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Statutes of Limitations Issues for Personal Injury Cases

If you are relying on a recent change by the legislature in the statute of limitations, be sure to research whether the change applies only to cases that occur after the effective date of the new law or whether it applies retroactively. If the change in the law does not apply retroactively, you may not be able to revive a case that was time barred by the previously existing statute of limitations deadline.

For obvious injuries, like those resulting from car accidents, the time period begins when the injury occurs. However, different deadlines apply to certain kinds of cases. In medical malpractice cases, most states set the start time on the date you first discovered or should have discovered the malpractice. It is a good idea to start the suit within two years from the alleged malpractice since this may be the date on which you should have discovered it.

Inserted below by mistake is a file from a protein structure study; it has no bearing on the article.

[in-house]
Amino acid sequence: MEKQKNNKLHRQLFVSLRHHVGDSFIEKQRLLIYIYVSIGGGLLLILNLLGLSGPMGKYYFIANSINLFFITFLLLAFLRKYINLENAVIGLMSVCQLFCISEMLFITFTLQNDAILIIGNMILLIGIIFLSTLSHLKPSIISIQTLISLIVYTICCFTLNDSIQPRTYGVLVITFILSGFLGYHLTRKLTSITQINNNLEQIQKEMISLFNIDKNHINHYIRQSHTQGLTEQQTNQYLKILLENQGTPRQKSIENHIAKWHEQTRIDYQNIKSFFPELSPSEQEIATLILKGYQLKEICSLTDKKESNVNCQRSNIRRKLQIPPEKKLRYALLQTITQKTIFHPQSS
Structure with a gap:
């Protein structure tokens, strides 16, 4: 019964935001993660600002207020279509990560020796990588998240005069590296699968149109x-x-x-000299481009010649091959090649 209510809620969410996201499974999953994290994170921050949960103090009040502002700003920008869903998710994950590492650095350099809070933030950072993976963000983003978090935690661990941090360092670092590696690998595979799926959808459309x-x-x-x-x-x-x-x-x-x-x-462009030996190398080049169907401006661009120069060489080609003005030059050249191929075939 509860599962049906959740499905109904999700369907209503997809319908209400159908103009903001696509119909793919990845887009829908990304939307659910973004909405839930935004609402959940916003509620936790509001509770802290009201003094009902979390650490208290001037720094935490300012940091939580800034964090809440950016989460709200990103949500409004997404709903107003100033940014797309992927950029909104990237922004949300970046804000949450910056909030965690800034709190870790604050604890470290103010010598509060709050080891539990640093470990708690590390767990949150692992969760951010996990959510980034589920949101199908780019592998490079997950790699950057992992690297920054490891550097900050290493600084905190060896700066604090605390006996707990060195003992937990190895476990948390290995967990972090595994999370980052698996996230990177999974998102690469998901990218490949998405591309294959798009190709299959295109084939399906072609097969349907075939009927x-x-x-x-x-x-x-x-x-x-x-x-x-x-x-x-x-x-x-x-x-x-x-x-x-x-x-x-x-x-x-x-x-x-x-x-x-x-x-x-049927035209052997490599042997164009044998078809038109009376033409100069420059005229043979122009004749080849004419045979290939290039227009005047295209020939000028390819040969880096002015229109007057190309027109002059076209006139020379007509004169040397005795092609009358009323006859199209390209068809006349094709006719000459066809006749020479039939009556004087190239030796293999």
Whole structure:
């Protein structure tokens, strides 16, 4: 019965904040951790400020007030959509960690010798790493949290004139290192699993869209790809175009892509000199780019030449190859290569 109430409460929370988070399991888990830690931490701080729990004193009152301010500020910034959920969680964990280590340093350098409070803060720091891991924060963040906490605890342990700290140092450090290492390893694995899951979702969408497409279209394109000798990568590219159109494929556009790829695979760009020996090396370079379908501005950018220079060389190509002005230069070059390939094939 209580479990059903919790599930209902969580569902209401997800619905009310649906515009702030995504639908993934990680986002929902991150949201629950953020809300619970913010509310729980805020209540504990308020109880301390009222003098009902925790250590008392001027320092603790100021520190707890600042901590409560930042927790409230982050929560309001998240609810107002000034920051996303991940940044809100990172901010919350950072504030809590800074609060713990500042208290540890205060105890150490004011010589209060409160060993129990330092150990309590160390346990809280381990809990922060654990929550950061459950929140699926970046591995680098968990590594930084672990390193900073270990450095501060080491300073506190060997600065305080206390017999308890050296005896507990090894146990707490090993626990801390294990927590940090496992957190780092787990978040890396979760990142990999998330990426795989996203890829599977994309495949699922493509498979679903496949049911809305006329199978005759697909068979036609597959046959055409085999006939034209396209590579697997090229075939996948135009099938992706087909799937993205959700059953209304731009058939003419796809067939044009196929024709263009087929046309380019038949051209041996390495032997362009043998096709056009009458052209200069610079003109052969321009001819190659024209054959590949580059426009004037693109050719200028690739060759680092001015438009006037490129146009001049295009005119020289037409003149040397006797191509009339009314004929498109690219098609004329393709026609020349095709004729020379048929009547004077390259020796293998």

One of the most difficult types of calls a personal injury attorney can get is when a potential client says he or she was badly injured and the statute of limitations runs out next week. A busy attorney will often decline to take such a case because he does not want to take the risk that the suit cannot be filed on time or that he or she will have to file a suit before knowing if there are actual grounds for filing.

Learn your deadline as soon as you can and mark it on all of your calendars. If you delay hiring an attorney, be sure to contact one at least a month before the deadline.

If you need more information or think you need an attorney, please contact Evan Aidman, Esq..

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